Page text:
The Making of Earth Imagery: Workshop on the History of Space Technology and Environmental Perceptions

[via KTH]

On Thursday, 11 June 2015 Division of History of Science, Technology and Environment will host the workshop ”The Making of Earth Imagery: The History of Space Technology and Environmental Perceptions” at the Royal Institute of Technology in Stockholm. The workshop will be held on the occasion of Sebastian Grevsmühl from Pierre et Marie Curie University Paris visiting the Division (for his work on space and the global environment see e.g. the e-publication from the conference ”New Perspectives on Global Environmental Images” held in Paris in 2014.

We invite students and scholars working in the broader field of space technology, satellite remote sensing and environmental perception to participate in the workshop and share their research with us. If the schedule permits we will allow for brief project presentations.

Workshop outline

How are historians of technology and environment to understand the interplay between actors, technologies, practices and the development of environmental perceptions in society? This workshop sets out to explore this question by studying the specific set of technologies and environmental images that satellite remote sensing provides. When the first satellites were placed into orbit in the second half of the 20th century, they changed not only the practices of environmental observation but also the study object, the earthly environment. New data became available and was assembled into new images of the Earth.

The diversified environmental monitoring program that took hold with the shift from military to civilian application in the 1970s has been hailed as the ”environmental turn” in the space enterprise. For many observers, among them the Apollo astronauts, seeing Earth from space represented a highly auto reflexive undertaking but, on the other hand, also a deep alienation. The workshop proposes to address the specificity of the space perspective beyond the dialectic of the distanced outer-space ”view from nowhere” and an inner space profoundly shaped by subjective intentions and imaginaries, by exploring earth satellite monitoring and surveillance both as a technoscientific practice and as a new set of ideas about local and global environments.

Our case studies on US and European satellite remote sensing projects from the 1970s to the 1990s will look particularly at the emerging images and messages about nature, at matters of the motivation, creation, appropriation and application of technologies, knowledges and environments.

If you are interested to attend and discuss your research with us, please contact one of the organizers, Nina Wormbs (, Johan Gärdebo ( or Sabine Höhler (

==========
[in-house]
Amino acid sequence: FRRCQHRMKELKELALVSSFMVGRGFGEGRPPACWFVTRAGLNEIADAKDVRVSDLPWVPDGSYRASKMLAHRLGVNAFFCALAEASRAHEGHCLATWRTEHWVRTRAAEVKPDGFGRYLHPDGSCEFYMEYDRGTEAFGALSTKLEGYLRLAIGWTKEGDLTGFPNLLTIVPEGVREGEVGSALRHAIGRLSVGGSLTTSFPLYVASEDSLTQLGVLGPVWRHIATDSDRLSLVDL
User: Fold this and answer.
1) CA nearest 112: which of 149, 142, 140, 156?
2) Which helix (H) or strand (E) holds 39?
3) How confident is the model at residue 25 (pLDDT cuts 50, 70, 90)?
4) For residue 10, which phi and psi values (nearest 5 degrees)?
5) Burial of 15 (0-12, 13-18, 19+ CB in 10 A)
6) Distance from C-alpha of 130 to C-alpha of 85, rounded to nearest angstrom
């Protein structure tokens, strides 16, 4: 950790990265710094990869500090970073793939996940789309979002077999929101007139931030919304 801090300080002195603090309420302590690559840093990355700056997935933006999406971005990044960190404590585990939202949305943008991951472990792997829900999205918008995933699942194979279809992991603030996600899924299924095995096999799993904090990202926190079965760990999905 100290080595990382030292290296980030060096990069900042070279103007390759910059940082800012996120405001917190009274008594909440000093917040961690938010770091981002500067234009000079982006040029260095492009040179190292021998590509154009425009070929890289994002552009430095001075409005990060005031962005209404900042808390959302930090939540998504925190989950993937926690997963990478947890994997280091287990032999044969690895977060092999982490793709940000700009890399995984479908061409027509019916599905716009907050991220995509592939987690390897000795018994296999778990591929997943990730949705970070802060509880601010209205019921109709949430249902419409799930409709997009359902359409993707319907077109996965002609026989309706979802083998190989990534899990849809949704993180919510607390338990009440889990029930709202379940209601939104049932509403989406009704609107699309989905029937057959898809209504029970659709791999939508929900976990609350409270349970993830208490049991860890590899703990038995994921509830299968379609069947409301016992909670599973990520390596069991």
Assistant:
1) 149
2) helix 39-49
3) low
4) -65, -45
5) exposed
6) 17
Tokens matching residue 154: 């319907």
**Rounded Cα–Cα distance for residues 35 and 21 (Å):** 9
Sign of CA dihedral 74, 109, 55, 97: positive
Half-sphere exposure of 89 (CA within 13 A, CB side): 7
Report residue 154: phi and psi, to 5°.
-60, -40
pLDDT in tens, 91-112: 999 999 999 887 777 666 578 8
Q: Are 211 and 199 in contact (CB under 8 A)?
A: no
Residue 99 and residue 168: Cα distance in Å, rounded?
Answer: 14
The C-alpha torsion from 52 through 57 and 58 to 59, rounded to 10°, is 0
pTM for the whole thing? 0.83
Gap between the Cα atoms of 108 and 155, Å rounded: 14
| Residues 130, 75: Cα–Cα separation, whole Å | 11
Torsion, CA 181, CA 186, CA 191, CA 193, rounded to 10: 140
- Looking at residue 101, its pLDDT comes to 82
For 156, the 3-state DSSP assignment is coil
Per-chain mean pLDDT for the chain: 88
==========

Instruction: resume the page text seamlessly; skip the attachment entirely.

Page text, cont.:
Call for paper: The 7th Tensions of Europe Conference, Stockholm, 3‐6 September 2015

[via Nina Worms]

The 7th Tensions of Europe Conference

Organizers: Division of History of Science, Technology and Environment, KTH Royal Institute of Technology together with the KTH Environmental Humanities Laboratory.

Conference theme: Technology and Environment

Tensions of Europe Conference will have as its main theme the interaction between technology and the environment. One way of understanding the environment is to think of it as nature appropriated by humankind through technological, scientific and representational means. From farming to space travel, we use technologies and natural resources to sustain our lives. Our use of technologies leaves traces behind in the form of altered environments. Changes at global historical and geological scales are accumulated as heritage and geophysical strata respectively. The intersection of technology and the environment can also be understood culturally or socially. We use technology in our understanding and appreciation of nature (religious, poetic or physical), in monitoring it, assessing it representing it. Further, technology can be a lens and a tool in shaping our relation to the environment. Technologies not only assist in shaping and transforming nature, they also assist us to perceive, observe, record and communicate natures and environments, including imaginative representations of techno‐natures in art, literature and film.

The conference also invites scholarship in the general themes of the Tensions of Europe network, such as trans‐border flows, common resources, conflicting interests, hidden integration and cultural practices.

We not only invite traditional panel‐sessions with a number of papers and a commentator, but also strongly encourage different formats and new ideas. As long as quality can be demonstrated, the programme committee will not prioritize between formats. By quality we mean suggestions that promise constructive, stimulating and engaging discussion.

We invite scholars from all relevant fields to submit proposals to:


by 15 February 2015. All proposals should include a title, a short abstract, the academic title and affiliation of the applicant(s) and a short bio.  Please name your file with your surname.

Abstracts for individual papers and posters should be no more than 300 words. For panels, we ask for a description of the theme of the panel (max 300 words) together with shorter abstracts (max 150 words) of the individual papers. If you wish to suggest a presentation of a different format, please use these word limits as guidelines.

We will inform applicants by 1 April 2015 whether their contribution has been accepted.

A second call for papers, with information about keynote speakers and the  conference website, will be distributed before the end of 2014.

Welcome to Stockholm in September 2015!

Nina Wormbs
Head of Division of History of Science, Technology and Environment
KTH Royal Institute of technology